IA03: Project Pitch

Posted: Sunday, August 31st
Due: Tues, 9/6 (Before Class) and Thurs, 9/8 at 11:59PM.

Assignment Overview

In this course, we have two main types of assignments: individual assignments and a semester-long project (completed in teams of four). The semester-long projects, referred to as Team Assignments (or TAs), are based on project pitches that students (you!) come up with.

The theme of the semester long project this year is mobile. Your project pitches must all be mobile applications with the following high-level requirements:
  • must be designed for a mobile device (e.g., smartphone, tablet, or smartwatch)
  • must utilize a mobile device's built-in sensors for some part of the interaction including but not limited to: GPS, microphone, accelerometer, gyroscope. Note: in class someone asked me if a camera is a sensor and I said yes, but only if the image is treated as sensor data--e.g., either in the citizen science sense of capturing some flora, animal, etc. in the physical world or in the computational sense where you run some computer vision algorithms for edge detection or motion tracking (e.g., Wang et al., UIST'06) .
  • must be accomplishable in ~15 weeks with four group members
  • must have a target group of users ( e.g., diehard video gamers, hipster bicyclists, baby boomers, college students)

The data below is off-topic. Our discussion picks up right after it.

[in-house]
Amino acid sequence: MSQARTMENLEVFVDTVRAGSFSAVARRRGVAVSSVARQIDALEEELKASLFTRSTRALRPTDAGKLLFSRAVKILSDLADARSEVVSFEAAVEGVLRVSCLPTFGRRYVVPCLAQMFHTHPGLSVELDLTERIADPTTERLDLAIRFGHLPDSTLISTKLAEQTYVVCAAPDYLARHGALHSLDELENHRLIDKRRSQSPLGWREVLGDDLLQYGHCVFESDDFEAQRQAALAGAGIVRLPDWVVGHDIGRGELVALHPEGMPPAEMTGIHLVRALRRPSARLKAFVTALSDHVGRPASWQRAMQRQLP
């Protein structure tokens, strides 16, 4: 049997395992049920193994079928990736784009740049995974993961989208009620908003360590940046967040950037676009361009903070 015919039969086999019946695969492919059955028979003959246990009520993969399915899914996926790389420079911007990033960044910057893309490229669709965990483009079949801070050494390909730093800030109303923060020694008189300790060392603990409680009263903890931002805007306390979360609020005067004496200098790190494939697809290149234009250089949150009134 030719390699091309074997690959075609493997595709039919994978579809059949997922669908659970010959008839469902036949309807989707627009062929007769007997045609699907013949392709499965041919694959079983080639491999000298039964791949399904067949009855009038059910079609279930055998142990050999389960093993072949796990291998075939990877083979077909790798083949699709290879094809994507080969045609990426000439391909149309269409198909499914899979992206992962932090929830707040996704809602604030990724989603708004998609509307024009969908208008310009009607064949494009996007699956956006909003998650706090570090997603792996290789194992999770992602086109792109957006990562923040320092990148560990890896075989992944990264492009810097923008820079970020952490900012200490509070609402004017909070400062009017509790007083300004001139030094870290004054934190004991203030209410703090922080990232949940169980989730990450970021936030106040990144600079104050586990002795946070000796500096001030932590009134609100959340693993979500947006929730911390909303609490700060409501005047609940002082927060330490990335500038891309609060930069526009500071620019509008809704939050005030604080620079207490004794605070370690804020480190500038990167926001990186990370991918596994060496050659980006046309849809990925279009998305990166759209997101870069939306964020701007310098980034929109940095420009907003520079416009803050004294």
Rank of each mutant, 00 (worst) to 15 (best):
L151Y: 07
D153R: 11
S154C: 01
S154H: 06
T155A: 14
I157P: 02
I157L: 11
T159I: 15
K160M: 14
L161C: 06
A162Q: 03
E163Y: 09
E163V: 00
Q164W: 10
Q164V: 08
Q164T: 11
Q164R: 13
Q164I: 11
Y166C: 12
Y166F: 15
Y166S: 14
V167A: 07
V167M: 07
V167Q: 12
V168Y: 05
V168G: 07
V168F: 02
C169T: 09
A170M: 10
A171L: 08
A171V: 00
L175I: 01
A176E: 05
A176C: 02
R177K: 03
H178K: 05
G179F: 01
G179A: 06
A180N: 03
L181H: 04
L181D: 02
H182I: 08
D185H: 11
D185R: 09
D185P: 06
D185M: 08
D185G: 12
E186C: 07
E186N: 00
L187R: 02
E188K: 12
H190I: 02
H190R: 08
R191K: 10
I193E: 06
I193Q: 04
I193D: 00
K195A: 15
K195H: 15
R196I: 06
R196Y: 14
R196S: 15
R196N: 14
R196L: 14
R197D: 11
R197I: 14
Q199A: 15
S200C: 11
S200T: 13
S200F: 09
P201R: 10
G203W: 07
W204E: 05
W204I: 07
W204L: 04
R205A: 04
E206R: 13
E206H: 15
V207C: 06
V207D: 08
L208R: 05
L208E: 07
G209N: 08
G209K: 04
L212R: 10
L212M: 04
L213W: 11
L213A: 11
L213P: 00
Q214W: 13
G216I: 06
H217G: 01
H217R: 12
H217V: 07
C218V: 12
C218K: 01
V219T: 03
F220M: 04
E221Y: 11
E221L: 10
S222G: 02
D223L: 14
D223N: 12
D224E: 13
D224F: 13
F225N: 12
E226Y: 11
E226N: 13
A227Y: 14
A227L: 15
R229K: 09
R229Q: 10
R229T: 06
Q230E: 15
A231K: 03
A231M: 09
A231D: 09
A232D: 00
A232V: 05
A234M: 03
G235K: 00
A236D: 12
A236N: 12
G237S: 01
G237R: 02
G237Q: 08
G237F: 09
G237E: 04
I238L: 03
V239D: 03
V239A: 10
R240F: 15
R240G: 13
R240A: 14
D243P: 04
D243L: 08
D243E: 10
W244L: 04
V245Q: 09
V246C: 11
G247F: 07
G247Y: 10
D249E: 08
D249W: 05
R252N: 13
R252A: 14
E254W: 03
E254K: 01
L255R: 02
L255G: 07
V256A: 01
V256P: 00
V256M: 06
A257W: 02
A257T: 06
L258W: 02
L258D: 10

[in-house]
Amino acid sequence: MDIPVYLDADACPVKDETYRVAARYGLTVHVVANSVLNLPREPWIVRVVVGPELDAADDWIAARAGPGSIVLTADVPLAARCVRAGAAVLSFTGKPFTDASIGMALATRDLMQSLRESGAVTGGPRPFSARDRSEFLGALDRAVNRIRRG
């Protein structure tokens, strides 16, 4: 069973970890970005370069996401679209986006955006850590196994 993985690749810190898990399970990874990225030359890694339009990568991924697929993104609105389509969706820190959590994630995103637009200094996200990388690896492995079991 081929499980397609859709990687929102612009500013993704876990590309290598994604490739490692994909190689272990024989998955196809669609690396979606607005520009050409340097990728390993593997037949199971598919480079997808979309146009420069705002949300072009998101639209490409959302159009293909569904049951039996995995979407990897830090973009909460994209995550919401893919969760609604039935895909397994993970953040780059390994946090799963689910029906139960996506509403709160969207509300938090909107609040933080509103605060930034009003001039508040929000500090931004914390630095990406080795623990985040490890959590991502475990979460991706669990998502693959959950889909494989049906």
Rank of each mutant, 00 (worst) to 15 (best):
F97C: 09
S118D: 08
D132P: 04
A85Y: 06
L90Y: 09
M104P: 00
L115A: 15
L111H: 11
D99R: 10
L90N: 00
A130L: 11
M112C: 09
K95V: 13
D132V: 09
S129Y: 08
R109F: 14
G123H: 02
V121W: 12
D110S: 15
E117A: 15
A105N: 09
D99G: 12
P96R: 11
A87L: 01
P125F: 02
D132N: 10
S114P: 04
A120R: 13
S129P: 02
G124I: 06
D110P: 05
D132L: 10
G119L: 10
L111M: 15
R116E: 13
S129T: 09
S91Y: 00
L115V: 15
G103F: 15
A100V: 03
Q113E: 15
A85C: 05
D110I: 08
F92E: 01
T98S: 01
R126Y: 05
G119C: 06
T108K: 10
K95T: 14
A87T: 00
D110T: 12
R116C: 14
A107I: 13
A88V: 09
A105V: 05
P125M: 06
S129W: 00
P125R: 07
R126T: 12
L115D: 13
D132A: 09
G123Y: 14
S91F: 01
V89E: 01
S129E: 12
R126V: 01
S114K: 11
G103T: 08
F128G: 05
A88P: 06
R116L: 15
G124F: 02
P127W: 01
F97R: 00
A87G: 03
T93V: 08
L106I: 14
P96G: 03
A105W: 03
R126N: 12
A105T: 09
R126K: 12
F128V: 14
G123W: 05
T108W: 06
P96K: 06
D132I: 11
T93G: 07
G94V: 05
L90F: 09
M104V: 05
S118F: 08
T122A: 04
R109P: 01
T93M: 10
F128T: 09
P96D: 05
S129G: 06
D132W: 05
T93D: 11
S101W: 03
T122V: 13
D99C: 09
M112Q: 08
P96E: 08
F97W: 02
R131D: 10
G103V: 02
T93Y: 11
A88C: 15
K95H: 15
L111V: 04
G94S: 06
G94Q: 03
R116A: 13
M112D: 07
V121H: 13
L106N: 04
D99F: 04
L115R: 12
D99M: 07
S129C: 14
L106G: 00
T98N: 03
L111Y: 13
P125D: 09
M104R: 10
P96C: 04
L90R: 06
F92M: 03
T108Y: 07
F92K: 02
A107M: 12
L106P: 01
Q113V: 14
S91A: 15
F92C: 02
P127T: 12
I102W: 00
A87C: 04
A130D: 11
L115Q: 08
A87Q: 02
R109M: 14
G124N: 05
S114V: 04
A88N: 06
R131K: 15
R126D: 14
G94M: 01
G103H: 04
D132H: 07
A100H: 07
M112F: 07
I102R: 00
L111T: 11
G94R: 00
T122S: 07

• must be implementable in Android; all project teams will demonstrate an interactive prototype at the end of the semester

Assignment Timeline/Process

This assignment has four parts: Parts One and Two are due Tues, 9/6 before class, Part Three is conducted in class on 9/6, and Part Four is due Thurs, 9/8 at 11:59PM
  1. In Part One, you will brainstorm a list of mobile application ideas fitting this semester's theme (we started doing this already in the first day of class--yay, headstart!)
  2. In Part Two, you will select the top two ideas for your list and draft an 'elevator pitch.'
  3. In Part Three, you will share both your brainstormed list of ideas as well as your draft elevator pitches and receive constructive feedback from one or two partners.
  4. In Part Four, you will draft new pitches and/or revise old ones and submit them to us

Matt and I will review each project pitch and select the top 20-30, which you will vote on in your next assignment (IA03). We will use your votes to select the final projects and then you will be given a chance to provide input on which projects you would like to work on. After we receive your project preferences, Matt and I will form teams on a first-come-first-serve basis (more details to follow).

Part One: Brainstorm

On paper (in your sketchbook!), brainstorm a list of potential interactive mobile application ideas.This brainstorm can be on paper (preferred) and then scanned in or in your favorite text editor. You must turn in the list. Make sure your ideas are big enough for ~15 weeks and a four person team. Zany and creative ideas are encouraged. You should have around 20 different ideas.Scan in your sketchbook (or take non-blurry photos) to submit for your deliverable.

Before you start brainstorming, please read/watch the following (the login/password is here):
  1. Tom Kelley, The Perfect Brainstorm, Excerpt from The Art of Innovation, 2007 [source link]

  2. ABC News Video, IDEO Design Thinking, 60 Minutes, January 2013 [source link] (This video is about Tom's brother David Kelley, who is the founder of IDEO and a professor at Stanford).

Some examples:
  • an interactive visualization of http://data.dc.gov/ local city data which changes based on your location,
  • a new kind of game controller and custom game using Arduino + Tablet [link]
  • new kinds of ambient visualizations of air pollutants (e.g., [link])